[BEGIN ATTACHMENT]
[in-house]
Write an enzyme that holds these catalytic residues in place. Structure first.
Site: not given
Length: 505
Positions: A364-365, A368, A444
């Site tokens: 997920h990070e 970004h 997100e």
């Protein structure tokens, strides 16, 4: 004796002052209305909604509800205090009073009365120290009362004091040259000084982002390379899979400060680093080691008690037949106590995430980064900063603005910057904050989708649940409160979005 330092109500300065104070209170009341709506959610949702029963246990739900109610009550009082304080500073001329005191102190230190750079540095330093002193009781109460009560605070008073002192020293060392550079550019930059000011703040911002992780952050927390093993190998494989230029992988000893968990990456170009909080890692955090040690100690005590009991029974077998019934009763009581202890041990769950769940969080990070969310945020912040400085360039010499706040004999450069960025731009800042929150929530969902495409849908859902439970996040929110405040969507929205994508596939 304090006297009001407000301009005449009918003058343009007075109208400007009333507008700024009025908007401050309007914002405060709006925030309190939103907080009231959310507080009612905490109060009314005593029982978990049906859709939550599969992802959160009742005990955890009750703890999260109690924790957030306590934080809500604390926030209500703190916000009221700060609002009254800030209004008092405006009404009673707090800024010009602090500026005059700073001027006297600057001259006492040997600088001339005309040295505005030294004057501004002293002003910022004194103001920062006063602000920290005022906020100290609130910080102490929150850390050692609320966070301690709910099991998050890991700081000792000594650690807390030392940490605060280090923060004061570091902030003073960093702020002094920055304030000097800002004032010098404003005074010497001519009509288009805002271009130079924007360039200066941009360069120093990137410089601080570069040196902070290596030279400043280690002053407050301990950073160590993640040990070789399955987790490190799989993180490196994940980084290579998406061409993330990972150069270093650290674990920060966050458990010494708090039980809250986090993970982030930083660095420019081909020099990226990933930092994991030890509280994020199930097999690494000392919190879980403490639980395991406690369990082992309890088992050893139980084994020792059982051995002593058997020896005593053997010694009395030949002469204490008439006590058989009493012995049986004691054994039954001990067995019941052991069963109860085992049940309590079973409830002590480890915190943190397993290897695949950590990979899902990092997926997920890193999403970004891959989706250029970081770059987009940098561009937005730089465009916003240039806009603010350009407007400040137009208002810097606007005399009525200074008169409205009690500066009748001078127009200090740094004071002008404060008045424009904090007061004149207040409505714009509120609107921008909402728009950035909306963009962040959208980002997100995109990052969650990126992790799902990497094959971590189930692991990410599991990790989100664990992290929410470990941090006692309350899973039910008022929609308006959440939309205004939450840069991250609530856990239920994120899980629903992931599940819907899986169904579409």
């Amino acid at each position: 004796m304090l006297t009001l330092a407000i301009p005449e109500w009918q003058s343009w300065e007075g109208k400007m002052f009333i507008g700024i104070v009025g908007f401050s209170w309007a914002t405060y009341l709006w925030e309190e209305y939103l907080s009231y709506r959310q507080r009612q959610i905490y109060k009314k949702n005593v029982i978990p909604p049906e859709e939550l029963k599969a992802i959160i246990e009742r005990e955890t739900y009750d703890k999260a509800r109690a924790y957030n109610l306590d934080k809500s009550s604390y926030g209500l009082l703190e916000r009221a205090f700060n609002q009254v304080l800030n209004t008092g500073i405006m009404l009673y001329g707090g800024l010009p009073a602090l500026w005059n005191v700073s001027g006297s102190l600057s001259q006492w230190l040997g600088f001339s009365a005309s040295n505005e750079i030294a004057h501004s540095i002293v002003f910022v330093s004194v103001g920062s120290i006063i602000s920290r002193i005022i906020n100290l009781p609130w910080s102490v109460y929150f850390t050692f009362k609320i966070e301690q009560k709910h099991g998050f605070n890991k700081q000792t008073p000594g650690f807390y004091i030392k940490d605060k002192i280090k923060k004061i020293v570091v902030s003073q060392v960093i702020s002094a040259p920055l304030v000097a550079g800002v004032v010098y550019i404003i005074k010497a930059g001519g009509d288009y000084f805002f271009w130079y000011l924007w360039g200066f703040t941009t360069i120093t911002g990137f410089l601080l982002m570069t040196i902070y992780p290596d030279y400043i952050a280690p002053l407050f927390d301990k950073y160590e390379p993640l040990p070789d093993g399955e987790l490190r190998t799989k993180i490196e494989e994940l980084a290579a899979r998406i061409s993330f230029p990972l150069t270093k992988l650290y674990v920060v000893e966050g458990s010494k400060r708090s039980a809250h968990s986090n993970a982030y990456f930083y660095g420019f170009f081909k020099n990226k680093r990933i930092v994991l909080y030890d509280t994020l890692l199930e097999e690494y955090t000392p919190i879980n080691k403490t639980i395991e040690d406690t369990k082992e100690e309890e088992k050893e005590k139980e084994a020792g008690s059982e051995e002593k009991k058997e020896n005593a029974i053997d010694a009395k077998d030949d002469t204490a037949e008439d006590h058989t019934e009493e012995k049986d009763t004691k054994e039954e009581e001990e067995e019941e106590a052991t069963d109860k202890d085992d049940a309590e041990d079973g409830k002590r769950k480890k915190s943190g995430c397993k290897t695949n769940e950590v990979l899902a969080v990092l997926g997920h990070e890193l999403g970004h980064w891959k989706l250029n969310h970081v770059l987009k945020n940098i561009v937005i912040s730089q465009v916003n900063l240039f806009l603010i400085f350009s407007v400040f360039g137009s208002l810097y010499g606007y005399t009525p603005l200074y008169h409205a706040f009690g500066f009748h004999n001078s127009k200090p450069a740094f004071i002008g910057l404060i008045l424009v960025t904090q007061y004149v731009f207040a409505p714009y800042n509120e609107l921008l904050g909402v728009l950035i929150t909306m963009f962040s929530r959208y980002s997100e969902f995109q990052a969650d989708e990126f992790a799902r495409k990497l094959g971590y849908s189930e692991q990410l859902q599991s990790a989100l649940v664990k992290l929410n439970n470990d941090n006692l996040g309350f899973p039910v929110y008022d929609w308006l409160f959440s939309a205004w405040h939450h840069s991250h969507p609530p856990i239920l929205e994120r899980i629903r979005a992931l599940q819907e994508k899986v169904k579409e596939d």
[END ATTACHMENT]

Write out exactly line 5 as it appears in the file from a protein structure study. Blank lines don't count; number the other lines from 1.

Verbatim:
Positions: A364-365, A368, A444